Mississippi livestock producers are fortunate in being able to grow a large number of forage crops. These include both warm and cool season species of legumes and grasses. Both perennial and annual forages are common.
Warm season perennial grasses include bermudagrass and bahiagrass. Sorghum-sudangrass hybrids and pearl millets are summer annual grasses. Annual ryegrass and the small grains (oats, wheat, rye) are common winter annual grasses. Perennial, cool season tall fescue is grown extensively in the prairie sections and in north Mississippi. Warm season perennial legumes include alfalfa and sericea lespedeza.
Annual lespedeza and alyce clover are warm season annual legumes. White and red clovers are perennial cool season legumes. A large number of cool season annual legumes include crimson, ball, berseem, and arrowleaf clovers. Vetch and wild winter peas are also cool season annual legumes.
By using a combination of these forages for both grazing and hay, many Mississippi livestock producers are able to grow their needed feed with very few outside purchases.
Frequently Asked Questions
- Can I grow all the feed needed for my cattle?
- Should I grow both pasture and hay?
- What is the best hay grass that I can grow?
- Can I grow alfalfa in Mississippi?
- Where can I get more information on forages?
- Mississippi Hay Directory
- Mississippi Market Bulletin
- Internet Hay Exchange
- Alabama Hay Listing
- Missouri Hay Directory
- Tennessee Hay Directory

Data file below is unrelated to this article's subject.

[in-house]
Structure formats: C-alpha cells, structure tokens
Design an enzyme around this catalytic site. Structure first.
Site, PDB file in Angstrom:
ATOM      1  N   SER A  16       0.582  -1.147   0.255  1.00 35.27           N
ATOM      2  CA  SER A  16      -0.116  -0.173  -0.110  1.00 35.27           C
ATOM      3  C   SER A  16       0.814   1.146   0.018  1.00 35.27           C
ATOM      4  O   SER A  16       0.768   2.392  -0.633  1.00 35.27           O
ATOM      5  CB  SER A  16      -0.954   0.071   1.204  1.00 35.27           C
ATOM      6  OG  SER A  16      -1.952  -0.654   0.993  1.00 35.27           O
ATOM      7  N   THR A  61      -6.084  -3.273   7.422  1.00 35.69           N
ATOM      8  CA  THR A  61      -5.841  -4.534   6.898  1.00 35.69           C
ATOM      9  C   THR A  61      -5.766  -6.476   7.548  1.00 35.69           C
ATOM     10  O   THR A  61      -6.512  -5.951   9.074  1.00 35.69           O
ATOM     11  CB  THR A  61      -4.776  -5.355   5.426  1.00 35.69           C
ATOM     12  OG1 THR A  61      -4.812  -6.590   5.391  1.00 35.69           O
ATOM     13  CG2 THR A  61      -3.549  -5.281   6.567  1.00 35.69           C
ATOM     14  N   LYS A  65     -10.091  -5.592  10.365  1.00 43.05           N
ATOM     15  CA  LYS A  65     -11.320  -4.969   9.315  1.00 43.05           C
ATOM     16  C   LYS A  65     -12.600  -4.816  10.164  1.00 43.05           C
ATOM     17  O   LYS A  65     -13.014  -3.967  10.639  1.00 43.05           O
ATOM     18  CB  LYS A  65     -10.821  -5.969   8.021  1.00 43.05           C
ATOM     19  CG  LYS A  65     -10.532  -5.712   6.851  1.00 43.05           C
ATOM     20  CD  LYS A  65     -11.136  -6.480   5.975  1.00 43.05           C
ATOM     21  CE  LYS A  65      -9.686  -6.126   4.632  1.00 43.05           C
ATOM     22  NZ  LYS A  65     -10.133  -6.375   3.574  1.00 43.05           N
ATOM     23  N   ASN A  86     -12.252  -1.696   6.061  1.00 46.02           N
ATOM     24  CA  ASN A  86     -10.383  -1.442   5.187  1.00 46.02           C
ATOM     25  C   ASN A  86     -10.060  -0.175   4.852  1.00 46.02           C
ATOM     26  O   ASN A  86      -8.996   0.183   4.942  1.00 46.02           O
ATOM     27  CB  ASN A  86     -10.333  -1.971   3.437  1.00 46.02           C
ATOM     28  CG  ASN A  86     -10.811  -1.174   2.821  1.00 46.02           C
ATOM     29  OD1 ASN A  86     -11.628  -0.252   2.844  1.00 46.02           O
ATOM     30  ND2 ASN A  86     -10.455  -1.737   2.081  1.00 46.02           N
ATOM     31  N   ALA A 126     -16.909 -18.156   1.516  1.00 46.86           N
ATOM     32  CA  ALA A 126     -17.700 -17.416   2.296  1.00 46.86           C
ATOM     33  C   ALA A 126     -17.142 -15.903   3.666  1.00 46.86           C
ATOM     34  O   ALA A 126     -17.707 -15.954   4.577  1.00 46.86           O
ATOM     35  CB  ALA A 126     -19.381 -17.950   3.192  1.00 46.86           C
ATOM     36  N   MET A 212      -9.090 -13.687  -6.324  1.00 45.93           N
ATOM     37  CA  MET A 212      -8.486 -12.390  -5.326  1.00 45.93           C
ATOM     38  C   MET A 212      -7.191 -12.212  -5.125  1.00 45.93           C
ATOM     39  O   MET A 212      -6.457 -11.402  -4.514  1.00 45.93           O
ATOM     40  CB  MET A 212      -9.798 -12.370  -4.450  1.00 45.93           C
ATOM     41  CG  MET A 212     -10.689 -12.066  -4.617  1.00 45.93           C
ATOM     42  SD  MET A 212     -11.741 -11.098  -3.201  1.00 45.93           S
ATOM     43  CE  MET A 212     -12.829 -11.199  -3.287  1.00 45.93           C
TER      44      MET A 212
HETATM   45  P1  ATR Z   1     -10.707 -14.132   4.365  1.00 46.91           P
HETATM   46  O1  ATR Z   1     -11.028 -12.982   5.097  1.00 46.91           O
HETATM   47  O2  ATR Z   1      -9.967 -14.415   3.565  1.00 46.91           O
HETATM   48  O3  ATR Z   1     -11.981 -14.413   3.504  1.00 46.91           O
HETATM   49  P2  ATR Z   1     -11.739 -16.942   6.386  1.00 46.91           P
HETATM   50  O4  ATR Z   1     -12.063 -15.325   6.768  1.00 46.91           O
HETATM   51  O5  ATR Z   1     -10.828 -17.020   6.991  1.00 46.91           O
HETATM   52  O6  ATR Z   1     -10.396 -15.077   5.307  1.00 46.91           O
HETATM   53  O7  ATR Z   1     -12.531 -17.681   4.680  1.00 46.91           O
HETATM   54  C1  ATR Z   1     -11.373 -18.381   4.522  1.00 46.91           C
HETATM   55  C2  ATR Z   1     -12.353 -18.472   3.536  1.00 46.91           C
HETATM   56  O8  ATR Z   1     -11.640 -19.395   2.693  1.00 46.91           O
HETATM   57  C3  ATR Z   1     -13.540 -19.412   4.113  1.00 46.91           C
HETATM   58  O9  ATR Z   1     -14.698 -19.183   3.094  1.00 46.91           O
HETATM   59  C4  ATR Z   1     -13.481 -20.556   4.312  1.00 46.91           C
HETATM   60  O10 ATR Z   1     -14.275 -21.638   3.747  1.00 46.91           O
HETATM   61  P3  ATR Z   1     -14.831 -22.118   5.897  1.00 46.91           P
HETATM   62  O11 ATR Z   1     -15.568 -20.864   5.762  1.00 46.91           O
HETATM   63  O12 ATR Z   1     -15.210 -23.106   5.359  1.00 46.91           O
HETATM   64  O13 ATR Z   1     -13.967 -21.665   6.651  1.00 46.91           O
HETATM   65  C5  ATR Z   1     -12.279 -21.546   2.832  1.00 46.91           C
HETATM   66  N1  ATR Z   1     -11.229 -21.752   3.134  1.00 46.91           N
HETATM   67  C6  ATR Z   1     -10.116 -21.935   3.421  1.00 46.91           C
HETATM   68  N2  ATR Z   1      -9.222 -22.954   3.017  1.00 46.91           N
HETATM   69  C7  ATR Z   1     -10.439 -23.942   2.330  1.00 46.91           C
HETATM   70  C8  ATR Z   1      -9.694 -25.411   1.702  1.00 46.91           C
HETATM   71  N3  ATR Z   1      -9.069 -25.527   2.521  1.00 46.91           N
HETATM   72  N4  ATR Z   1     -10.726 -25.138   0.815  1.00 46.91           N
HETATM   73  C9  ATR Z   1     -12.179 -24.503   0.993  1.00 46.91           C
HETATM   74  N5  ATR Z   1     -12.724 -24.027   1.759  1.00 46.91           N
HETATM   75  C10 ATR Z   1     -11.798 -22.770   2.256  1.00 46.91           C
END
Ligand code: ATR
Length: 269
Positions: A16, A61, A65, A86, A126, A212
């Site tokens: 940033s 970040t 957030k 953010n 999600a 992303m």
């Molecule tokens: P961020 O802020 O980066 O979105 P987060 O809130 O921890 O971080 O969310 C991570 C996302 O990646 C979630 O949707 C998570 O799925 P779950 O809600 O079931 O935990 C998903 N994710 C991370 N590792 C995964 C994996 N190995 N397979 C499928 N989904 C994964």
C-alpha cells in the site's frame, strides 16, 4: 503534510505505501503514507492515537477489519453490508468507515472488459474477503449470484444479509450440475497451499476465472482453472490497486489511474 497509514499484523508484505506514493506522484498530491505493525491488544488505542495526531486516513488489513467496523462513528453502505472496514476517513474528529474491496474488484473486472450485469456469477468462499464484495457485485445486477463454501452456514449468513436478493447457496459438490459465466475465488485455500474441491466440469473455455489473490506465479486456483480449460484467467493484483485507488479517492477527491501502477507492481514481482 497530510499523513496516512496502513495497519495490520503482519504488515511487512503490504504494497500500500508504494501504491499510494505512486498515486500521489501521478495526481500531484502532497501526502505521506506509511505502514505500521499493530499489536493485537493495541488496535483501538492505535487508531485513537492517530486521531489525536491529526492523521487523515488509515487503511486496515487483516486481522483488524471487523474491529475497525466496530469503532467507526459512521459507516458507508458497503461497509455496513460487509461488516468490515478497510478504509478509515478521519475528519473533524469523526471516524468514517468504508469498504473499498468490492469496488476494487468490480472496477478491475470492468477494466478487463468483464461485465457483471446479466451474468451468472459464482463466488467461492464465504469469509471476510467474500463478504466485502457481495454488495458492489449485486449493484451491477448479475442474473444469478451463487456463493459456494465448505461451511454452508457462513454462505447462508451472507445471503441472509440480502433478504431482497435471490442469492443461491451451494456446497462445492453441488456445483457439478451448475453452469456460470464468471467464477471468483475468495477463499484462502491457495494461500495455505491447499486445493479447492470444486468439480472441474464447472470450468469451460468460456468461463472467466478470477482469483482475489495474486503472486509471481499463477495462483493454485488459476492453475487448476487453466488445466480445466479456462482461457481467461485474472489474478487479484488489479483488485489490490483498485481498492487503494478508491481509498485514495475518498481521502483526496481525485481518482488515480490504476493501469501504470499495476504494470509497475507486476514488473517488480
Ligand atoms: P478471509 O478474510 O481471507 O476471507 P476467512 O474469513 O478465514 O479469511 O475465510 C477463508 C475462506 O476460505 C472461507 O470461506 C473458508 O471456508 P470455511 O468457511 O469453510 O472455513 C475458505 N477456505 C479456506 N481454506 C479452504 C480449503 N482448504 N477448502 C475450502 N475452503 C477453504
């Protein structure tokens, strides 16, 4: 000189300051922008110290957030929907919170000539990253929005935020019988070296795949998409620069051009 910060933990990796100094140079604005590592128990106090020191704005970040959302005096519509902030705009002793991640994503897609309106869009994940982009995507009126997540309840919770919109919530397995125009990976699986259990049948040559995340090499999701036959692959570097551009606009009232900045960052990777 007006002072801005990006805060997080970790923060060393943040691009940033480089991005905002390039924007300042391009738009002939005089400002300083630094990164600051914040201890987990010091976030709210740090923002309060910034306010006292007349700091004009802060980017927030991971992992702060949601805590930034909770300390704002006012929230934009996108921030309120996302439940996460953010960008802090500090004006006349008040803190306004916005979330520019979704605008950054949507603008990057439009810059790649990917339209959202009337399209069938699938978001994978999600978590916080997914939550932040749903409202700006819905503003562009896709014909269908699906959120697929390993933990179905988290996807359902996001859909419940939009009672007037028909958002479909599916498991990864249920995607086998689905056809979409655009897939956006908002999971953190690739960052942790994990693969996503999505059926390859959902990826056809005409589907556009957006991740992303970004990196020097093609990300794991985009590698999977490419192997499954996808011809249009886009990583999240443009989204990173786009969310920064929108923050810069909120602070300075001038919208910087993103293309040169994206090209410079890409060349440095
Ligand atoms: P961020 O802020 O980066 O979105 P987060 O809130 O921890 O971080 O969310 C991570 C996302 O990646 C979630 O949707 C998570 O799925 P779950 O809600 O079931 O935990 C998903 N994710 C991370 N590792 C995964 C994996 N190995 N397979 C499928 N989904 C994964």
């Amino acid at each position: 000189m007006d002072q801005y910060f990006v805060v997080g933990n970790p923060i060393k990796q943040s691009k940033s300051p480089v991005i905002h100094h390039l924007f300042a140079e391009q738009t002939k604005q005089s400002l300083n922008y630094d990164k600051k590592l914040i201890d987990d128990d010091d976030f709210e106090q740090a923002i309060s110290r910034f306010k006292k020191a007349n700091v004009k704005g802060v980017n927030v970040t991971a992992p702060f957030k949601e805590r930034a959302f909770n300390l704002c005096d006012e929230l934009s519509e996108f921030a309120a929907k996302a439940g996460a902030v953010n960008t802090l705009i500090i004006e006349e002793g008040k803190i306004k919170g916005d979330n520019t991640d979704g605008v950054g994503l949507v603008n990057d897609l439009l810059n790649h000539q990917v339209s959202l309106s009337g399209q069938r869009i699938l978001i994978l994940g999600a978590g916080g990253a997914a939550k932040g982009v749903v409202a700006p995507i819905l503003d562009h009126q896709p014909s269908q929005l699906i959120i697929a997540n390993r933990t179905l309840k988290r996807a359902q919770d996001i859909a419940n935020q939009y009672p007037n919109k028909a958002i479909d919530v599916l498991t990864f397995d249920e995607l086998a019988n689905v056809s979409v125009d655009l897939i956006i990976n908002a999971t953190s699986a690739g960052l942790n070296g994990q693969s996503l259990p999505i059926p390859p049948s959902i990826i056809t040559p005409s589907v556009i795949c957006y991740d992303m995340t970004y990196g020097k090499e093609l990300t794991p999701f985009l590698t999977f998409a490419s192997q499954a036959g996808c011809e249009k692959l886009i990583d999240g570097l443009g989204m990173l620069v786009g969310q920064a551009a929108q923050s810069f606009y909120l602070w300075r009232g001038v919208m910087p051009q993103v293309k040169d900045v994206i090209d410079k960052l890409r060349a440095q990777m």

Other Forage Information
- 2010 Pasture and Forage Short Course
- MSU Forage Variety Trials
- Fall Army Worms in Hay Fields and Pastures
- Weeds in forages
- Other Extension Livestock Information
- Hay Directory Listings | Hay Directory Submission Form
- MSU Forage/Livestock Support Group
- Equine Interest Groups
Forage growers in Mississippi are trying to keep insects from making meals out of their hayfields and compromising their stockpiles of winter feed.
Sod production is a year-round process for Mississippi producers, and demand is up for this valuable commodity.
Jay McCurdy, turf specialist with the Mississippi State University Extension Service, said the state’s producers are having a good year with this grass crop.
Mississippi has an abundance of bugs, especially in the warmer months. We are all familiar with mosquitoes, bumblebees, and house flies. But I bet there are bugs around your house and yard that you can’t identify. (Photo by Blake Layton)
STARKVILLE, Miss. -- The Mississippi State University Extension Service is offering its annual Forage Field Day July 17 to interested producers and agricultural agents.
A long, cool spring put Mississippi hay production about two weeks behind schedule, but a long, hot summer can give producers the chance to catch up.
Rocky Lemus, Mississippi State University Extension Service forage specialist, said he expects a good year for forages.